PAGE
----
Running on Empty: The Pros And Cons of Fasting Runs

Last week, after a big breakfast and about a dozen cups of coffee, I started my Saturday long run. I was planning to spend two and a half hours leisurely running at a relaxed pace. I don’t usually bring gels on runs under three hours, but I packed a few on this one. I started fading 30 minutes into the run so reached for a gel. It helped for a short time, but as the miles ticked off, my tank emptied. After another gel, my fatigue and hunger faded for a few minutes, only to return shortly after with a vengeance.

It was a routine two and a half hour run—something I should’ve been able to handle with ease. Still, I was bonking. In response, my coach assigned fasted morning runs. In other words, after hearing that gnawing hunger and plummeting energy ruined my run, he told me the answer was to eat less. Seems counter-intuitive, right?

Runners often view bonking as a rite of passage. They think that if you don’t hit the wall during training then you’ll never get to your personal best. But we may be able to skirt bonks altogether. A nutritional practice known as fasting runs could let endurance athletes train their bodies to use fuel more efficiently. Here’s how it works.

Your Fuel

Successful endurance athletes use fat, not carbohydrates, as fuel. The more readily you can burn fat while running at a high intensity, the longer your glycogen stores last. You’ll have energy throughout the race and are less likely to hit the wall.

Your body has a limited supply of glycogen available to fuel your working muscles. You can run about two hours at high intensity before you run out of glycogen. Even the fastest endurance athletes in the world rely on more than just their own glycogen stores to fuel their goal.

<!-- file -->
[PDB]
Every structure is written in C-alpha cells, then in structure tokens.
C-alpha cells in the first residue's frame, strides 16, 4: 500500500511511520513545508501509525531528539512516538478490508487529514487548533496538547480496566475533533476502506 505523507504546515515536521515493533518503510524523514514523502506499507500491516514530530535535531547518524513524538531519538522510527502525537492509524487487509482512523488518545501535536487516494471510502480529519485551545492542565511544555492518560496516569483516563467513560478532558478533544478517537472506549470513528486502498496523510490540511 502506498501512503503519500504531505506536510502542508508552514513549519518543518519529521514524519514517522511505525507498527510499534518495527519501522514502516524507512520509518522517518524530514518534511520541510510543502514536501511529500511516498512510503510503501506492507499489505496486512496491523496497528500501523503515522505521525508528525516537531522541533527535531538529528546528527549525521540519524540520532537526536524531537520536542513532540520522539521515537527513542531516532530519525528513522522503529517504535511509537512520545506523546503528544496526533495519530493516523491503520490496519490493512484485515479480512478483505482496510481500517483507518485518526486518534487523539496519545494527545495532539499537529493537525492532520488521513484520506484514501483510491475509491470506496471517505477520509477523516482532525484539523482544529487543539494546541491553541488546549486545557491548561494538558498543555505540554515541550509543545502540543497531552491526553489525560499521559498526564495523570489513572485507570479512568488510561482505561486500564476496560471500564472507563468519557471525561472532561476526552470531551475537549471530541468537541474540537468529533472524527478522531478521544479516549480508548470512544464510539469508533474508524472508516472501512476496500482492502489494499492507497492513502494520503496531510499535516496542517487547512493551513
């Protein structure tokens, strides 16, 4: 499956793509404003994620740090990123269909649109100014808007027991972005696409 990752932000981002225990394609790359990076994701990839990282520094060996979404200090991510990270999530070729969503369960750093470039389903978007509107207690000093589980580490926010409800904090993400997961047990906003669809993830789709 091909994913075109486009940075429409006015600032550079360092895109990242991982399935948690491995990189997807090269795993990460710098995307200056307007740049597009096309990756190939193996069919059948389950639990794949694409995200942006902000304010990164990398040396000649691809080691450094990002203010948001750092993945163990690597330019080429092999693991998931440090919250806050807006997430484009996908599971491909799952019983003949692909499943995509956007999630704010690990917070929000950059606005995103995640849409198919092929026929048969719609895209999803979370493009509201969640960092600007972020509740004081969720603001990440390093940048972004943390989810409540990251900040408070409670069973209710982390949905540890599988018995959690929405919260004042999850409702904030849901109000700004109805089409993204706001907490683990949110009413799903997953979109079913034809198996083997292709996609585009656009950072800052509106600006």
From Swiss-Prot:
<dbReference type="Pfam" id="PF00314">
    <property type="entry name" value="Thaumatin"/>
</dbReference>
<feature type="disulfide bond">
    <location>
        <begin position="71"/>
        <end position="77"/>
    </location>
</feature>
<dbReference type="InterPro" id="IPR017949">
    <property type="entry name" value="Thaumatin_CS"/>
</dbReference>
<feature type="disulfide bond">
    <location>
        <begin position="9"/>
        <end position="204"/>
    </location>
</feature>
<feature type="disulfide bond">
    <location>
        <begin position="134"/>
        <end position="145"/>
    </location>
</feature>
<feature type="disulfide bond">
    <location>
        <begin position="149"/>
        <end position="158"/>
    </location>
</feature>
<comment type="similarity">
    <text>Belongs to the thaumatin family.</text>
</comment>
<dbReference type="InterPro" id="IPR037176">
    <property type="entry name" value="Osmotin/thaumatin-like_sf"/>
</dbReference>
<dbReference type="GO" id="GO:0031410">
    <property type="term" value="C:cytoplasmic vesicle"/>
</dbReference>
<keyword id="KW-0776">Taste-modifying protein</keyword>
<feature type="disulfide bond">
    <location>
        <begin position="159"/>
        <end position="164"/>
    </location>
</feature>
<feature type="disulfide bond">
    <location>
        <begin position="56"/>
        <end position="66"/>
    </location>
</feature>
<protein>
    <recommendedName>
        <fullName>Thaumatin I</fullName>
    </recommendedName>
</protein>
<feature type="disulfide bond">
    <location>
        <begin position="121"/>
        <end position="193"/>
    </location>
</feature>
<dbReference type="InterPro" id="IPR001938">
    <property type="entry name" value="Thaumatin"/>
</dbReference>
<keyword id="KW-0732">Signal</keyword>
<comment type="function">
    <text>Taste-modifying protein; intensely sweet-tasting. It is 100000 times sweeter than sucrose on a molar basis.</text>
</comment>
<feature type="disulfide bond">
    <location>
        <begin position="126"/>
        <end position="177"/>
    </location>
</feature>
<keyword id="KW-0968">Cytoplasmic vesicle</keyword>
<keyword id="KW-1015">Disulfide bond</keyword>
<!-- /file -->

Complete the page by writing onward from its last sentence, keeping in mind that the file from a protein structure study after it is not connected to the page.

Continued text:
But eating during the run won’t replace all the glycogen you burn. Mid-race fueling is limited by how quickly your digestive system can deliver glycogen to your bloodstream. And during a race, the stomach is not very efficient.

Training the Body to Burn Fat

By not having readily available muscle glycogen to burn, your body is forced to burn fat. When you perform long runs on low glycogen stores, the theory holds, your body will become more efficient at using fat as a fuel source.

A New Zealand study of cyclists found that when participants rode in a fasted state early in the morning, they improved muscle glycogen stores by as much as 50%. That study and other research suggests occasional fasting before exercise can improve glycogen storage and endurance performance.

But while fasting is helpful when used in occasional workouts, endurance athletes don’t appear to benefit from training with low glycogen levels during extended periods such as training blocks, as other studies indicate that prolonged carbohydrate depletion impairs performance without enhancing fat utilization.

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